The New Berlin – Memory, Politics, Place
By Karen E. Till
University of Minnesota Press – £19.50
Geography and memory can often play havoc with our minds. Not often is there a true-blue, surprising confluence of their organic representations. Hardly ever, does the quintessential essence of geography and memory collide; for the simple, ever transcending reason that they are fundamentally as one.
Indeed, the geography of ones’ memory always retains its place in time – and visa versa. Whenever one inadvertently returns to childhood via memory, the layout, even the topography is insistent upon remaining the same. Regardless of whatever triggered the memory – be it a certain smell, a piece of music, a collection of words in another language or from another era. All is superfluous, especially with regards arriving at the actual geography itself, wherein everything secondary is utterly redundant. But then imagine multiplying the manifestation of said geography and memory, and then injecting it with such a shameful and cataclysmic ideology as that espoused by the Nazi Party, and you might, reach a pinnacle of (regal and confused) tumultuous potential, otherwise known as Berlin.
The city I now call home. The city herein, under such dense sociological investigation by authoress Karen E. Till, that it’s nigh impossible to grapple with the sheer enormity and idea of Berlin having arrived at where it is today.
To be sure, by hurling literary cats among contentious pigeons, The New Berlin – Memory, Politics, Place invariably sets one record straight, only to disperse and totally diffuse another by way of reflective historicism. For instance, in the first chapter ‘Hauntings, Memory, Place,’ Till writes: ‘’Being haunted involves the desire and repetitive practice of returning to a past time and self that never was. People create homes for their ghosts through telling stories about places and returning to the places that haunt them. Returning to places that haunt our imaginations folds and warps imagined times and selves (past, present, and future), yet the ritual practice of returning creates a sense of temporal continuity and coherence. When someone goes back home (and each of us may have many homes), he or she may experience such vivid memories that it may appear (even if only momentarily) as though the place and the person returning are exactly the same as they once were. Time stands still. Such moments are actually quite rare, but it is in pursuit of those moments and rediscovering the emotions tied to them that individuals engage in such pilgrimages.’’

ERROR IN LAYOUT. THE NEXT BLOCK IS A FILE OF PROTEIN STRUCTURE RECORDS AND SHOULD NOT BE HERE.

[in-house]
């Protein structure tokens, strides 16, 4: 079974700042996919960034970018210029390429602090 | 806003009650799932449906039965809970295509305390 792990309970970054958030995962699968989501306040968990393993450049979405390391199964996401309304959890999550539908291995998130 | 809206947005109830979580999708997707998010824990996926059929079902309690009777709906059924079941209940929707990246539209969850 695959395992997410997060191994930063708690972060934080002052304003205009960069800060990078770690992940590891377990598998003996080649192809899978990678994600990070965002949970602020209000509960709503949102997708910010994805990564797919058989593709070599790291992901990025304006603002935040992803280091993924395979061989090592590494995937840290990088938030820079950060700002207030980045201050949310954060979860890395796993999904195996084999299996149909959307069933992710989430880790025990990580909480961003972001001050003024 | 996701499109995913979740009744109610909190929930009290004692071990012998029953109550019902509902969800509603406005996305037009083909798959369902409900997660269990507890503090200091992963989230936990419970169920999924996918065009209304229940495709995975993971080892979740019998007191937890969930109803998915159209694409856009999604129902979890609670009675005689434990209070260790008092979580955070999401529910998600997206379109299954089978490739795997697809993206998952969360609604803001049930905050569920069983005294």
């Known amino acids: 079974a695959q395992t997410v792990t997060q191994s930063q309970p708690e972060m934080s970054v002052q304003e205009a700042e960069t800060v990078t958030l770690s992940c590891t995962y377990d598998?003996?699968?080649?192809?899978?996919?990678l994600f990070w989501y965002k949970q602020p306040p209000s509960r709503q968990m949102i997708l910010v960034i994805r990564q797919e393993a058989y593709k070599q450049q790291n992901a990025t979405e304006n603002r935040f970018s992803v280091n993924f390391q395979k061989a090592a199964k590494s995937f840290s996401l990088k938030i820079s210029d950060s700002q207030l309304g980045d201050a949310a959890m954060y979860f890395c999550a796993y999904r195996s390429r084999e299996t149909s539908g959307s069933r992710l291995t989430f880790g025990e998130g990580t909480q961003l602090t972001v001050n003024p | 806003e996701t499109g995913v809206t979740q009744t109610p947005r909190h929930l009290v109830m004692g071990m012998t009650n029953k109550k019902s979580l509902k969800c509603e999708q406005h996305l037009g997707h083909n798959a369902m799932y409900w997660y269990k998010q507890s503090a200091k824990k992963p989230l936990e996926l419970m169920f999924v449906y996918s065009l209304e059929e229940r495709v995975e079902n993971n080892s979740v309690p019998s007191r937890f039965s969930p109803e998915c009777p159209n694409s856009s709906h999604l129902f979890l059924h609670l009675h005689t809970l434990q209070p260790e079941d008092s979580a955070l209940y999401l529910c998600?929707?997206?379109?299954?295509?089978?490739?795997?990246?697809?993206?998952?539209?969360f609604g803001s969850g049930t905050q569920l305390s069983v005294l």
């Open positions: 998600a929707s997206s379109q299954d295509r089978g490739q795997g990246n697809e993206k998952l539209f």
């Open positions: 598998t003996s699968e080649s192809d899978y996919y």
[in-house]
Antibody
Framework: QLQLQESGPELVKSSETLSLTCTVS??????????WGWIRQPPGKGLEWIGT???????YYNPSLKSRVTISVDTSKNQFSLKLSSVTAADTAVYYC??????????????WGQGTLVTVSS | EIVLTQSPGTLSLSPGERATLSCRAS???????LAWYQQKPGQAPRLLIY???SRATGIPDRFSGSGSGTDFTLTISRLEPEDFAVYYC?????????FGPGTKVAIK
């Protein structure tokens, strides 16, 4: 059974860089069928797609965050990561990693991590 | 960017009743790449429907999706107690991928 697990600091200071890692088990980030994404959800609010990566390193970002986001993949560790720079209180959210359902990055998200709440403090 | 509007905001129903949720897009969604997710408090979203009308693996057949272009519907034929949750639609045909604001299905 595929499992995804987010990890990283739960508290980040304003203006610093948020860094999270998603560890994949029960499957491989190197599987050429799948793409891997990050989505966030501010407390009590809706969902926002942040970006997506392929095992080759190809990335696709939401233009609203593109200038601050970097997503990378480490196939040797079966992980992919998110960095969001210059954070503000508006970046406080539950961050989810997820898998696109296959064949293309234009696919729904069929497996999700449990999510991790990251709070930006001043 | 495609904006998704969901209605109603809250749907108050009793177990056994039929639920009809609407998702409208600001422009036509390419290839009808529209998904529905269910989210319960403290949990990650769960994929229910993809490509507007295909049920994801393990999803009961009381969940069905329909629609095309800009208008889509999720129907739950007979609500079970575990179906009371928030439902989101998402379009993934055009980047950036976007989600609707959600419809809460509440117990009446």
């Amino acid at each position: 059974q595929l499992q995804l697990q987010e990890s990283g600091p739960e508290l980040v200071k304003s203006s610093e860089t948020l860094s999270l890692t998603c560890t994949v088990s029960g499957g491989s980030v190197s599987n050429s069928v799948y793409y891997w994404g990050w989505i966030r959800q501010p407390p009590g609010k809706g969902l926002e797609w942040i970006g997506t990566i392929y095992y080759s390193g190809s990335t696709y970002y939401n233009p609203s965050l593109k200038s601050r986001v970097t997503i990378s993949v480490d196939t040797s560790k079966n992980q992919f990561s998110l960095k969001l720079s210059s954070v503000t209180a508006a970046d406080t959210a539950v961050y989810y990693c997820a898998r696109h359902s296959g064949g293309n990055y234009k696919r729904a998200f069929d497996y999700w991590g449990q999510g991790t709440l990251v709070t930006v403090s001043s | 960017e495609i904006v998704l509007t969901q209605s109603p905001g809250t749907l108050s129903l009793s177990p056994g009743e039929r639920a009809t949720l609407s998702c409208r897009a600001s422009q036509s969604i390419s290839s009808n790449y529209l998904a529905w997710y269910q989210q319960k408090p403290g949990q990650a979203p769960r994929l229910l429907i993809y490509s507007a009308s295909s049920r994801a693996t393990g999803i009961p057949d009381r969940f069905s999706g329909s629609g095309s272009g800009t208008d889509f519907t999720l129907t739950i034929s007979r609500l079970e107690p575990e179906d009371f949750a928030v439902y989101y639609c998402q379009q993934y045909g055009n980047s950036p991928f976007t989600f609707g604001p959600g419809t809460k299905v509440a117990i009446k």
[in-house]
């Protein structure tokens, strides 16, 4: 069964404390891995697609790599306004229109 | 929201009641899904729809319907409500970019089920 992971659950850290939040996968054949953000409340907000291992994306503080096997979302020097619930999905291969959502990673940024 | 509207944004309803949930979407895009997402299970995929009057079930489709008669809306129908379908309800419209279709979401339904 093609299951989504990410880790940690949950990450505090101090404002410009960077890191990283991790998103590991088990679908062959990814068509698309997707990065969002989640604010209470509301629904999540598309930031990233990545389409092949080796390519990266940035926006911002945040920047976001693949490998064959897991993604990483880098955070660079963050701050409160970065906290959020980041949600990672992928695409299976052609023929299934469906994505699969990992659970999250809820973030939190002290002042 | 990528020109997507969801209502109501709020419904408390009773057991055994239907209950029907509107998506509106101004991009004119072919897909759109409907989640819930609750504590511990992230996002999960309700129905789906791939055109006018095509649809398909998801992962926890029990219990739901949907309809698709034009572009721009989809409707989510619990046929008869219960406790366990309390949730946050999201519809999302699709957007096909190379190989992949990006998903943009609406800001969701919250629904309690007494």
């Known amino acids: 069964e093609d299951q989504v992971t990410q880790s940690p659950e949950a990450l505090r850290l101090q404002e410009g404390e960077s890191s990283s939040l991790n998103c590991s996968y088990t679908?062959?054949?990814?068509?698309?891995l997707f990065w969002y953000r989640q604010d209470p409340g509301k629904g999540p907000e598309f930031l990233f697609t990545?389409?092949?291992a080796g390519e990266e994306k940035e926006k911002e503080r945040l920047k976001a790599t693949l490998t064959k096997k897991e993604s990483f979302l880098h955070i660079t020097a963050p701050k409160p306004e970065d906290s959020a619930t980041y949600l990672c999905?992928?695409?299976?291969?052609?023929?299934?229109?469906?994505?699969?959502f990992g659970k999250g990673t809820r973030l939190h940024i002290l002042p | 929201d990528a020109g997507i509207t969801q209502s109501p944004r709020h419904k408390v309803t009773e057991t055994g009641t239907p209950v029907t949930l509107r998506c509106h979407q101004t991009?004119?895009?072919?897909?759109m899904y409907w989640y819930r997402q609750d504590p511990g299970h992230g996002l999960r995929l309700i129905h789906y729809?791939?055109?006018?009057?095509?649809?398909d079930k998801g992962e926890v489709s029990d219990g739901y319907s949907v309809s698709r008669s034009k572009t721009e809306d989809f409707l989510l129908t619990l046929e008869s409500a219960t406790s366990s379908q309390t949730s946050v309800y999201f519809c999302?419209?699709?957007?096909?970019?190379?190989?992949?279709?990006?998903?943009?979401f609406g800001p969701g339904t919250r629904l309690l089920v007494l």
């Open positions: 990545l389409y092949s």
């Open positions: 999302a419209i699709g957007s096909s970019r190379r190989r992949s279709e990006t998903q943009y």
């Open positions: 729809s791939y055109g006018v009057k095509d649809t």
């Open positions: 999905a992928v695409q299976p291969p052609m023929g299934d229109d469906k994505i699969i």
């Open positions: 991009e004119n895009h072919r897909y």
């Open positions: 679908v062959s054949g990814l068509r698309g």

In the city of Berlin – which is itself made up of a number of towns – it’s not hard to imagine the complexity involved in the pursuit of childhood/teenage rediscovery. The kaleidoscopic enormity of emotions contained within such a pursuit, shame, guilt and confusion to name but three, are surely as profound as they are simultaneously ambiguous: ‘’During times of social change, people may wish to return to the past and search for a mythic self through place making as a means of confronting inherited legacies of national violence that haunt and influence their everyday lives. Their place-making activities and stories teach an important lesson, one that Shakespeare and Freud knew all to well: we must learn to take our ghosts seriously.’’
Suffice to say, the ghosts of Berlin are still being tussled with. This is as much in metaphorical evidence, as it is in the streets, the bars, the parks, the railway stations and the city’s literature. Among other things (and there are many), The New Berlinis a curious and very worthy consideration of this evidence, which, like the book itself, is as equally contentious as it is worthwhile pursuing.